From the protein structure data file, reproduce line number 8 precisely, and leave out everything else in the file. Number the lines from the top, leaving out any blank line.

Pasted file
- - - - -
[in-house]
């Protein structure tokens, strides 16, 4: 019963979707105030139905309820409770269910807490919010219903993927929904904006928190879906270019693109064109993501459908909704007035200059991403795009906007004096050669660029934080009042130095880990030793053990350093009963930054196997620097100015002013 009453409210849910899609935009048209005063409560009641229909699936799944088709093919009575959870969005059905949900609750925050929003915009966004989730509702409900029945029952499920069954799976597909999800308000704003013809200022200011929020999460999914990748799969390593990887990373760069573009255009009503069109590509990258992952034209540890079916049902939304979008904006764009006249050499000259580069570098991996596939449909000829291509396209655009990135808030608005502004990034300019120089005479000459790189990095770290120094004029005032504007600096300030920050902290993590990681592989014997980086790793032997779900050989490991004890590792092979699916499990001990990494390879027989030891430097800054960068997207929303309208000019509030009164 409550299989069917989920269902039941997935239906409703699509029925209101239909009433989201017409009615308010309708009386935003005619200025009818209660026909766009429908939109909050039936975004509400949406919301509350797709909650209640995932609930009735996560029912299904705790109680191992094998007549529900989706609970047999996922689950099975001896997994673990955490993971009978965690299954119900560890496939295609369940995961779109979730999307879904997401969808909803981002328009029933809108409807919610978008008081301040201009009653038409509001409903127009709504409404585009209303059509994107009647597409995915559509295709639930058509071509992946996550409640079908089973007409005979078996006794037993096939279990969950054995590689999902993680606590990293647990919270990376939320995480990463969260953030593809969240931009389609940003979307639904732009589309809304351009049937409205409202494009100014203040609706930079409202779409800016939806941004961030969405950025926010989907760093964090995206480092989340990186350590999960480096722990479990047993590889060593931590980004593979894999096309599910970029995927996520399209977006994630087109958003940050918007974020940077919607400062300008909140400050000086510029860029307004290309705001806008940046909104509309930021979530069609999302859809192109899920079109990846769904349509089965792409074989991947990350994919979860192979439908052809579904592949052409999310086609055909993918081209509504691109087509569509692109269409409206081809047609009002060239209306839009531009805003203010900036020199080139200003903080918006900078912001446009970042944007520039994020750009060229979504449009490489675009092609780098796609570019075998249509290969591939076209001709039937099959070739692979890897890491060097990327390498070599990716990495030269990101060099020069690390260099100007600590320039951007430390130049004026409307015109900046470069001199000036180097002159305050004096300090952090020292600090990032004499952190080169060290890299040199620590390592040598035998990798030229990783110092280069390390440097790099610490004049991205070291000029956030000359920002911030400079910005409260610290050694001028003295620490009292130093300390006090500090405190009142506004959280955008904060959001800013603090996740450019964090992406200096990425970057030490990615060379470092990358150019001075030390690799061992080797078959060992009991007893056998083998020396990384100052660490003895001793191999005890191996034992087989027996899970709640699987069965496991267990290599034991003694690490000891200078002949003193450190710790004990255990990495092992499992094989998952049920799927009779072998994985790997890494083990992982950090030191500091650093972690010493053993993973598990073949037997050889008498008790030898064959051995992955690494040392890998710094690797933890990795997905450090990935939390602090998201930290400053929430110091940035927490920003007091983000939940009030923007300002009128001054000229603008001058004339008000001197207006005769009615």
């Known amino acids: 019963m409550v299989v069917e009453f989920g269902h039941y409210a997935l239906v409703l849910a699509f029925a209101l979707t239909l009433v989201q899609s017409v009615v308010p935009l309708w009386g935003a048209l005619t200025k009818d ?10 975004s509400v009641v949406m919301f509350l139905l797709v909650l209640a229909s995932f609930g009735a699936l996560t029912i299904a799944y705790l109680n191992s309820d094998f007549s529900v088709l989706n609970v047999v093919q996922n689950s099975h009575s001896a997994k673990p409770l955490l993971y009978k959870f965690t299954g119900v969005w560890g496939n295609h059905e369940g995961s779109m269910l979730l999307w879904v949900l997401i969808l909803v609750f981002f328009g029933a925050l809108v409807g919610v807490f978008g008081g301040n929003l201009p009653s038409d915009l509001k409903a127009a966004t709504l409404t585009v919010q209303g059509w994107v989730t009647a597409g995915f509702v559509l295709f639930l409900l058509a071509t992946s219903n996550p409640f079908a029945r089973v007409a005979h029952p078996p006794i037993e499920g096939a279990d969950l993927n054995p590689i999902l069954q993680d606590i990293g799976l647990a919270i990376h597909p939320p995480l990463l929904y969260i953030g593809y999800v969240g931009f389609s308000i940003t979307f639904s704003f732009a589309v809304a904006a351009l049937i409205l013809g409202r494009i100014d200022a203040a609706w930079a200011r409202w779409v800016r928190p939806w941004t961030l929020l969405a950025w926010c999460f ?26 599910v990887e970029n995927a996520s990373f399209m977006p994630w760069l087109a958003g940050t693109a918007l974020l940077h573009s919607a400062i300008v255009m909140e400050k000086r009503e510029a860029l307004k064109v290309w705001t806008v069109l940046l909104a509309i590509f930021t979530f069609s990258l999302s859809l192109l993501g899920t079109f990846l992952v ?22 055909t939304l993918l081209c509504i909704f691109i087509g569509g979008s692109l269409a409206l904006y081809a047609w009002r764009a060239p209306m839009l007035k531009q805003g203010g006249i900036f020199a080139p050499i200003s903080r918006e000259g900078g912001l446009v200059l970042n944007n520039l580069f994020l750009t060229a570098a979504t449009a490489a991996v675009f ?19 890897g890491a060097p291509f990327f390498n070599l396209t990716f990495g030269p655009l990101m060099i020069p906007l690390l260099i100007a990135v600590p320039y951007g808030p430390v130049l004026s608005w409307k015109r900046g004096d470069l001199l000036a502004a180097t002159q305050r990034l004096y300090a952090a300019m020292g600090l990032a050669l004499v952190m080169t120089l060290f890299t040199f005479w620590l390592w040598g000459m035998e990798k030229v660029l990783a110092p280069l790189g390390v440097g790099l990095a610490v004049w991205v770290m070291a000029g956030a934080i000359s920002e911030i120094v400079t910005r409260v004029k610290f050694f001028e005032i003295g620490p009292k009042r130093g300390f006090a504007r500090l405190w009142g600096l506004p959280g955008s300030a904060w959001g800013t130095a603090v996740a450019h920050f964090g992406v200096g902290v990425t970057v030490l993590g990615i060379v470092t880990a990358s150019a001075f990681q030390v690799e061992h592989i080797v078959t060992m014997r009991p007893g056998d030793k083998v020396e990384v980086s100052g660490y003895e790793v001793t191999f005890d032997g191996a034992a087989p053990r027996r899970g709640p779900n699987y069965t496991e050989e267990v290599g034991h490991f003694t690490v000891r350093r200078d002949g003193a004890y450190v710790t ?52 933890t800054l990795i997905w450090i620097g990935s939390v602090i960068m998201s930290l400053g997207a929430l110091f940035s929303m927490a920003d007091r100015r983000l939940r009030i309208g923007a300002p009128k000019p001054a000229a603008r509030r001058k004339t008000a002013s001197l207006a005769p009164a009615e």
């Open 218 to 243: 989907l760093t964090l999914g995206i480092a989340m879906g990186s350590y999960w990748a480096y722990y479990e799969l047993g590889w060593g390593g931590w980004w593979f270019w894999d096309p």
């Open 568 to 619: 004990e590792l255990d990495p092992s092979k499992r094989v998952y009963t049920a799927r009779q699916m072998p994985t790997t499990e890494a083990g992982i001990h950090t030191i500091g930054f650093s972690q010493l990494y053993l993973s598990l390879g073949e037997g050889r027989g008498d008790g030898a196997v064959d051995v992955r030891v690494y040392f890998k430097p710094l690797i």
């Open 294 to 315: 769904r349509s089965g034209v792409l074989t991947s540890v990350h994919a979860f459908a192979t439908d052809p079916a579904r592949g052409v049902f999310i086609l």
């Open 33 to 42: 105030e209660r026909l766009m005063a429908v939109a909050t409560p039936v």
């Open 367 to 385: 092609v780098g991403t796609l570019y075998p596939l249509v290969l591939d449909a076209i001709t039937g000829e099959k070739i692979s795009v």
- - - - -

């Open 367 to 385: 092609v780098g991403t796609l570019y075998p596939l249509v290969l591939d449909a076209i001709t039937g000829e099959k070739i692979s795009v």